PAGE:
hacker emblem
jaegerfesting
Search | Tags | Photos | Flights | Gas Mileage | Log in

Redwoods

Started: 2020-12-18 23:11:35

Submitted: 2020-12-19 21:38:33

Visibility: World-readable

In which the intrepid narrator takes his kids through an old-growth redwood forest

The week of Thanksgiving my employer gave me the whole week off work, which conveniently coincided with my kids getting the whole week off school. We couldn't actually travel anywhere, because we're in the middle of a global pandemic (leading us to observe a virtual Zoomsgiving later in the week) locked in an endless cycle of re-open and re-close so we stayed at home and occasionally ventured out of the house within Santa Cruz County.

Julian runs down the Redwood Grove trail
Julian runs down the Redwood Grove trail

On Tuesday, during the week of Thanksgiving, I took Calvin and Julian to Henry Cowell Redwoods State Park, taking advantage of my recently-acquired state parks pass, and walked around the redwood loop trail through the grove of old-growth redwood trees.

Julian and Calvin look at the redwood tree section
Julian and Calvin look at the redwood tree section

Because of the pandemic (apparently to reduce the number of surfaces we might touch, or something) the park wasn't distributing its self-guided tour brochure for the redwood grove, but they did have the brochure (front and back) taped to the inside of the window, along with a QR code with a link to a PDF on their website. I followed the QR code link on my phone, then tried to zoom in and follow along with the brochure on my phone's screen. This was the same link that I'd found for the brochure on the park's website, which confused me on my desktop browser because it didn't flow linearly in any obvious fashion; I quickly realized that this was the print-ready brochure copy, intended to be folded multiple times, so the front of the brochure wasn't the top left pane of the PDF. This was still somewhat awkward to follow, but I figured it out on the fly and followed along as we walked around the grove.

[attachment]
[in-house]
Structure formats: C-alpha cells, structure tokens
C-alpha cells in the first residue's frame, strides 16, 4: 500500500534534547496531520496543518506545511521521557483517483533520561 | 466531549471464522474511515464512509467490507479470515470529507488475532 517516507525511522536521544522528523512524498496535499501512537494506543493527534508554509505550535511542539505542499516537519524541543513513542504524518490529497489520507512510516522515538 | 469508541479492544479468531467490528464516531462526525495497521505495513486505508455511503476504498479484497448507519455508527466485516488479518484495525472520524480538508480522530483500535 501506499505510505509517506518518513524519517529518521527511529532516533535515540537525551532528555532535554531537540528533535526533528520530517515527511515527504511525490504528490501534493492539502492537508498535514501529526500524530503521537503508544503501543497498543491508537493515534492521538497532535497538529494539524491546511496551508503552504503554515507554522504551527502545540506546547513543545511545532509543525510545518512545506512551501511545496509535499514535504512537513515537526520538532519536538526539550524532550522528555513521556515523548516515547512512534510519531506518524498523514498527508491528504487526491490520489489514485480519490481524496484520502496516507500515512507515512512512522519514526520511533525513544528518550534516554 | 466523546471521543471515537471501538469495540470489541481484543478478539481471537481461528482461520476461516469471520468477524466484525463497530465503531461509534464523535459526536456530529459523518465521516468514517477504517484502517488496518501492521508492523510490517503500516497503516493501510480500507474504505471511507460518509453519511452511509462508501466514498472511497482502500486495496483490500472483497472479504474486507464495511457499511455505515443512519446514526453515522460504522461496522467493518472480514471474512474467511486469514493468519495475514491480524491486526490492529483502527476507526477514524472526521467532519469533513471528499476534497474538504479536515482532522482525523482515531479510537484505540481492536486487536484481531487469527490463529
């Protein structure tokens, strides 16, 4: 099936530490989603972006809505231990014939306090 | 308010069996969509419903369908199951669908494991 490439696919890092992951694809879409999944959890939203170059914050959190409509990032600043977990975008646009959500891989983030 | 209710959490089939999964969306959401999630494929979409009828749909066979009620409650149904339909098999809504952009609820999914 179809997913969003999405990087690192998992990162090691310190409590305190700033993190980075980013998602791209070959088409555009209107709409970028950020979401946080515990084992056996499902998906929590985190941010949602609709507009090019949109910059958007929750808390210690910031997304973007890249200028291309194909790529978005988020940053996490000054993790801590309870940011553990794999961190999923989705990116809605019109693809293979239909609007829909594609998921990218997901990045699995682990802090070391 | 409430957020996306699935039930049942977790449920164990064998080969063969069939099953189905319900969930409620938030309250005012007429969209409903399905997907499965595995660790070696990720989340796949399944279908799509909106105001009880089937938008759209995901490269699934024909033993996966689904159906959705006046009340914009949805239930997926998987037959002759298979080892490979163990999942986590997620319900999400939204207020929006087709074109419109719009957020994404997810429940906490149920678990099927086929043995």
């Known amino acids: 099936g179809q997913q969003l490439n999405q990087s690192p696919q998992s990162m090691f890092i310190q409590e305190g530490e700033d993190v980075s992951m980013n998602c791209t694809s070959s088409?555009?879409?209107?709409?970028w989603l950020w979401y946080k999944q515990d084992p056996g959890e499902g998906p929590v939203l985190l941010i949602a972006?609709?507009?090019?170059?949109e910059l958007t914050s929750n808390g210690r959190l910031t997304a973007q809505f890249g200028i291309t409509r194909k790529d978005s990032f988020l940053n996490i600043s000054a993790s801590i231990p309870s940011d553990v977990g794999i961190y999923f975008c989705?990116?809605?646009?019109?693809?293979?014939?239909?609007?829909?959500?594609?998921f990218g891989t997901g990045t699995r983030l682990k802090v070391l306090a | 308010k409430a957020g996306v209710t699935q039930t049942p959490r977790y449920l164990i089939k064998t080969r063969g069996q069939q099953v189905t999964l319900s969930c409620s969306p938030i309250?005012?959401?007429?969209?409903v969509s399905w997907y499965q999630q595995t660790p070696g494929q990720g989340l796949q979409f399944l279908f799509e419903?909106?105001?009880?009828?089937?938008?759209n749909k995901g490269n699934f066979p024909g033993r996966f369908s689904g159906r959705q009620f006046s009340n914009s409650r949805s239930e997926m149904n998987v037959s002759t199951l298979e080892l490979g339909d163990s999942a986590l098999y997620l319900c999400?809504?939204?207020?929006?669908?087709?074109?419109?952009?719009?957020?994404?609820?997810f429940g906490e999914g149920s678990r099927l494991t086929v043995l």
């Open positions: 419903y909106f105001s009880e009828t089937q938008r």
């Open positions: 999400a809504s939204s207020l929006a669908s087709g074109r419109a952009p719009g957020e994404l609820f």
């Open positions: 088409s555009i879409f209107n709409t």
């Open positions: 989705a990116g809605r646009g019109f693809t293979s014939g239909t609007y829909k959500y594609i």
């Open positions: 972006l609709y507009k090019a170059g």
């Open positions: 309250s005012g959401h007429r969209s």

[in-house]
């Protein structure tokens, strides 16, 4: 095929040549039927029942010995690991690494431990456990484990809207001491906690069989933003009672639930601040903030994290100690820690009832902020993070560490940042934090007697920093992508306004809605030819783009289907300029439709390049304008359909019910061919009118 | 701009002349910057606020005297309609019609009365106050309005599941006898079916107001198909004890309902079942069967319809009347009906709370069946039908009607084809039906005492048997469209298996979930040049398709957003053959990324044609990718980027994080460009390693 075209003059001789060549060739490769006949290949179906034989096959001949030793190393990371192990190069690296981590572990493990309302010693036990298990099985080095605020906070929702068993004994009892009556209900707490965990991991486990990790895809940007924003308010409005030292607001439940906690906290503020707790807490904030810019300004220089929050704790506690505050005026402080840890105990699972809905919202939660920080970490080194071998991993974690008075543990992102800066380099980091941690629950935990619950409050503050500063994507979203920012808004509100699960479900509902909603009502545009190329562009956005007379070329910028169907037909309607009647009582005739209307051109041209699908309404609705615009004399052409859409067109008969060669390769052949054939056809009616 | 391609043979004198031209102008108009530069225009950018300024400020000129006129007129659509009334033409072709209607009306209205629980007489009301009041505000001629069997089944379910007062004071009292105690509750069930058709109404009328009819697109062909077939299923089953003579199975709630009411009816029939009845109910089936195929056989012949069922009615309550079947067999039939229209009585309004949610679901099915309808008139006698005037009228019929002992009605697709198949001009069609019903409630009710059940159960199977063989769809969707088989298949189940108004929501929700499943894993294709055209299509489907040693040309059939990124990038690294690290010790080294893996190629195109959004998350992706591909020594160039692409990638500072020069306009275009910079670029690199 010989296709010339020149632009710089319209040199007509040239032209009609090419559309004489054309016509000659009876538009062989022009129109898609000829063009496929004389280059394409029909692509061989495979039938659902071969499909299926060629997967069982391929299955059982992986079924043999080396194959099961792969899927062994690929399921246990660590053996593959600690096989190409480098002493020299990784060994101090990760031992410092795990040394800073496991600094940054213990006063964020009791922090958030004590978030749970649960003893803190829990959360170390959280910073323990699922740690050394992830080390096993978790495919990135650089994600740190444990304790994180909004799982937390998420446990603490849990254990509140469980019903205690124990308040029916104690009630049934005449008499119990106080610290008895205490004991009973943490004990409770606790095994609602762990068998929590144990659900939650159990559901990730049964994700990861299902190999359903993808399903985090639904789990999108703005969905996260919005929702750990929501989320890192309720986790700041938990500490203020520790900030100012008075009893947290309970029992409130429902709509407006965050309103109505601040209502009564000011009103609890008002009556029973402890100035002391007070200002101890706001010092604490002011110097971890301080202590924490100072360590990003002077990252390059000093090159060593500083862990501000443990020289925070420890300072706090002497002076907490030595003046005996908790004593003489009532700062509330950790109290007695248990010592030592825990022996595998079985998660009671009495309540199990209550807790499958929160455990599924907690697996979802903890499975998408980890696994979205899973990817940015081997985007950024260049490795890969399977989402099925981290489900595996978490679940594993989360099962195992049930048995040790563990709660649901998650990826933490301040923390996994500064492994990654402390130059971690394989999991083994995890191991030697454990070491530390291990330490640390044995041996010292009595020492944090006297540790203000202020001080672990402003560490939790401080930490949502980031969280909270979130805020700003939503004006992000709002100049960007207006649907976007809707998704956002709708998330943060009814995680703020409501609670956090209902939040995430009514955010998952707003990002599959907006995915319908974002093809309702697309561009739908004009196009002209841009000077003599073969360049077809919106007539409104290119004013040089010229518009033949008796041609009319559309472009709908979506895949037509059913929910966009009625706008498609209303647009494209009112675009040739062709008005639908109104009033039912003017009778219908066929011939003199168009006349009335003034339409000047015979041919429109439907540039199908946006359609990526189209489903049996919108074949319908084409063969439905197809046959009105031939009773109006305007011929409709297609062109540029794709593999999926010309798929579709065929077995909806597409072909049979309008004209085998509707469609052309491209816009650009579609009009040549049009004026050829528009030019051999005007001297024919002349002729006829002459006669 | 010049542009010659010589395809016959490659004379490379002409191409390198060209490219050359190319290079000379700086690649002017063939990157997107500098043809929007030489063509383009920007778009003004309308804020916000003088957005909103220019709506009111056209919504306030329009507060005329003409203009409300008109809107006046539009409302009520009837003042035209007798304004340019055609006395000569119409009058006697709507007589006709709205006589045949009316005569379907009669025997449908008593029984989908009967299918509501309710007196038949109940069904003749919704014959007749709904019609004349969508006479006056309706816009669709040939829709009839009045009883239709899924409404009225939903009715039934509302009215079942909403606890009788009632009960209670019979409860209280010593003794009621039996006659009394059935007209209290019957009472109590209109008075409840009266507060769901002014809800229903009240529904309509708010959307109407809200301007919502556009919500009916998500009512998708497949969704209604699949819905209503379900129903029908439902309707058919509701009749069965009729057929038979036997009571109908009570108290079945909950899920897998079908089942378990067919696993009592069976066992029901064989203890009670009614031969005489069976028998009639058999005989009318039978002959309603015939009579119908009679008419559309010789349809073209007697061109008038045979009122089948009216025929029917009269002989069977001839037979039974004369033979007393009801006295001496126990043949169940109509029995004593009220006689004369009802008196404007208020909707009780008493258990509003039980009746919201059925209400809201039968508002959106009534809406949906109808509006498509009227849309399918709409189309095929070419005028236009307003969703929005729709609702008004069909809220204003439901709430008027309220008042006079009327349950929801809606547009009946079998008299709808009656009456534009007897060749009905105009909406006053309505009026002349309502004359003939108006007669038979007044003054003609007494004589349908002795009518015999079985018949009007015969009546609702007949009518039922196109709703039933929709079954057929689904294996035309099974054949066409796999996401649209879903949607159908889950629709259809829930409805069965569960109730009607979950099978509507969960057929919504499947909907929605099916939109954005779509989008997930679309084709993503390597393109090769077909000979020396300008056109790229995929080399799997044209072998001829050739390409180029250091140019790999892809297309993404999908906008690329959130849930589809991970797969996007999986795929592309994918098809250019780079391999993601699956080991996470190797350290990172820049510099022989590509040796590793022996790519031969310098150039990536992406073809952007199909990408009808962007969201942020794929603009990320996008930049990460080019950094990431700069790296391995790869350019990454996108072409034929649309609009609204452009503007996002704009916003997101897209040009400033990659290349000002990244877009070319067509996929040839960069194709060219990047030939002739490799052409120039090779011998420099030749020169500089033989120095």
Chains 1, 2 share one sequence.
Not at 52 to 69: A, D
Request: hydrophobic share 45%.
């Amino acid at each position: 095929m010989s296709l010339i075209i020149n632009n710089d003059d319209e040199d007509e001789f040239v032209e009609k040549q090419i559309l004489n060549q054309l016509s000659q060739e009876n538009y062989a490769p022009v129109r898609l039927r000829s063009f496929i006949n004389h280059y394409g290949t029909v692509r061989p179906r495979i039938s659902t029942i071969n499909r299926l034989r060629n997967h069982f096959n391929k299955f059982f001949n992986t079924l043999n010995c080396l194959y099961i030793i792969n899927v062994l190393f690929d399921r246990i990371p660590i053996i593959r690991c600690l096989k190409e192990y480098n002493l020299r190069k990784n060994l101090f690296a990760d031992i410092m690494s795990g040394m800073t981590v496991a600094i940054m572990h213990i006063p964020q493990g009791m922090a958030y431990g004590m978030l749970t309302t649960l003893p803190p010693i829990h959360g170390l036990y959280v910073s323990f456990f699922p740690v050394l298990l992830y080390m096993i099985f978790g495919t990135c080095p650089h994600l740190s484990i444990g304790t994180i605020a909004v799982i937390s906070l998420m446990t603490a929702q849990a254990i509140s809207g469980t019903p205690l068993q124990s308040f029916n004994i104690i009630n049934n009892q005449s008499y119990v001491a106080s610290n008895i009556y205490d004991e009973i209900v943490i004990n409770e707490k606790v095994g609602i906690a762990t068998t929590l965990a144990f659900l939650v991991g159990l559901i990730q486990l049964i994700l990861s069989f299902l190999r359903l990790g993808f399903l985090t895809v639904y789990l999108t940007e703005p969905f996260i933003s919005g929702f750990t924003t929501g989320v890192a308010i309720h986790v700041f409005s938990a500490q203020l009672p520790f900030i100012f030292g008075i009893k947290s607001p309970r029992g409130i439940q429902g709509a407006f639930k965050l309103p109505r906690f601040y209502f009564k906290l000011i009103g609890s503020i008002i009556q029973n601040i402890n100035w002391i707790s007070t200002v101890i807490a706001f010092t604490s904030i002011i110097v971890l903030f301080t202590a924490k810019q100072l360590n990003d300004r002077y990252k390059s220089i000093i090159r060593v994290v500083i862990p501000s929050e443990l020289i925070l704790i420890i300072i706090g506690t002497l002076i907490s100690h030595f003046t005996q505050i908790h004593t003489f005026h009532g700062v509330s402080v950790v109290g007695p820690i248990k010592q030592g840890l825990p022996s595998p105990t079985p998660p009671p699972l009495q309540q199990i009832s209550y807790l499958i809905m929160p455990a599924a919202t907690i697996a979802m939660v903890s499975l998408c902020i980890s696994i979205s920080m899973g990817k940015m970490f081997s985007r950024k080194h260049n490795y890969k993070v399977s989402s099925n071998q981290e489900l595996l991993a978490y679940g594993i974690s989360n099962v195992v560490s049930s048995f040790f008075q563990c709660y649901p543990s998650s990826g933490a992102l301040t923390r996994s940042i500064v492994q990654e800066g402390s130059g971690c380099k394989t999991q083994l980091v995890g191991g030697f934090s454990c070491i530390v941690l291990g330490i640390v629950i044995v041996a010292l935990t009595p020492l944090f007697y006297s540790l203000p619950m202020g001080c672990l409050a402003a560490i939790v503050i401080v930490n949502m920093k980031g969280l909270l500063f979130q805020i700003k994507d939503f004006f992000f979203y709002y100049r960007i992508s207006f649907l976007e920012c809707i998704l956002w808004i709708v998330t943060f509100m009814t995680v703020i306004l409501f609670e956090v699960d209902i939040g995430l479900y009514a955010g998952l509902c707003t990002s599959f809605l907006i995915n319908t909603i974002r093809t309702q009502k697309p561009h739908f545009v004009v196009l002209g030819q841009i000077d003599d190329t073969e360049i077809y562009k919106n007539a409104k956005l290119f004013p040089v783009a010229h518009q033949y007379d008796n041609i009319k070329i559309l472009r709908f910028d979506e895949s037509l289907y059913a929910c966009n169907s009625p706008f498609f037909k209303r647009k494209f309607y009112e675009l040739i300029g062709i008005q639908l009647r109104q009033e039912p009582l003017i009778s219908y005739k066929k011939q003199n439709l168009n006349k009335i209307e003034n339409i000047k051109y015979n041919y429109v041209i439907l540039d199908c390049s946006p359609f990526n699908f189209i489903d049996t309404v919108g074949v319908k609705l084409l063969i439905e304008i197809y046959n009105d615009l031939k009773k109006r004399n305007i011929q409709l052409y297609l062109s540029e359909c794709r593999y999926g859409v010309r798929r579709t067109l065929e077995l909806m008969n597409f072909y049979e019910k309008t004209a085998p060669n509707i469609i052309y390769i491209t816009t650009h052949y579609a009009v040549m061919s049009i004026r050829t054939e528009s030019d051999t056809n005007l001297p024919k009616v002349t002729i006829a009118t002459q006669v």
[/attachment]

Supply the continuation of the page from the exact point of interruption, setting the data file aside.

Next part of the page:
Julian in a hollow redwood tree
Julian in a hollow redwood tree

Some of the trees had burned in forest fires, but they were still alive and well, despite massive fire scars on their sides, some more than a hundred years old. This seemed like an encouraging sign in the aftermath of the devastating fire that burned through Santa Cruz County this year, burning redwood groves at Big Basin State Park (and closing the park while the state figures out what to do with the park now).

Towering trees at Henry Cowell Redwoods State Park
Towering trees at Henry Cowell Redwoods State Park

In this redwood grove, though, there were no signs of the recent fires on the ground or in the redwood canopy towering hundreds of feet above our heads. The only sign of this year's other crisis, the COVID-19 pandemic, was the one-way sign advising us to go counter-clockwise around the loop, and the masks that every visitor wore.

Julian outside the Fremont Tree
Julian outside the Fremont Tree

At the half-way point around the loop we stopped to step inside the Fremont Tree, named after the explorer John C. Fremont, who allegedly slept inside the hollow tree in the nineteenth century. (Even he acknowledged the story was apocryphal, though; forty years later he responded to the story with "It makes a great story, let it stand.") The tree had a small triangular opening about a meter high leading into the hollow void inside the tree; inside there was about as much space on the ground as my three-person tent, plus enough vertical clearance for me to stand up. Stepping inside the tree reminded me of playing around hollowed-out redwoods as a kid in the sierras in California, though I don't think I ever encountered a tree with a space quite as well enclosed as this one.

Calvin and Julian look up at redwood trees
Calvin and Julian look up at redwood trees

On our way back to the parking lot I spotted a bright-yellow banana slug next to the trail, venturing out into the open on the redwood mulch at the beginning of the rainy season. (By the end of November it had rained twice, effectively ending the fire season in Santa Cruz County, but the La Nina weather pattern in the Pacific Ocean meant we received less rainfall than normal by this time of year.)

Julian points to a banana slug
Julian points to a banana slug

Back at the parking lot we took a brief detour to watch a Shay geared locomotive pulling a collection of passenger carriages for a tourist excursion train pull into the Roaring Camp Railroad, its shrill whistle loud and sharp in the crisp afternoon air. Then we returned to the car and drove back home, after a brief excursion in the tall ancient redwood trees.

If you haven't dreamt about conversing with your loved ones in
a programming language, you haven't programmed enough.
- Slashdot poll, Favorite Language?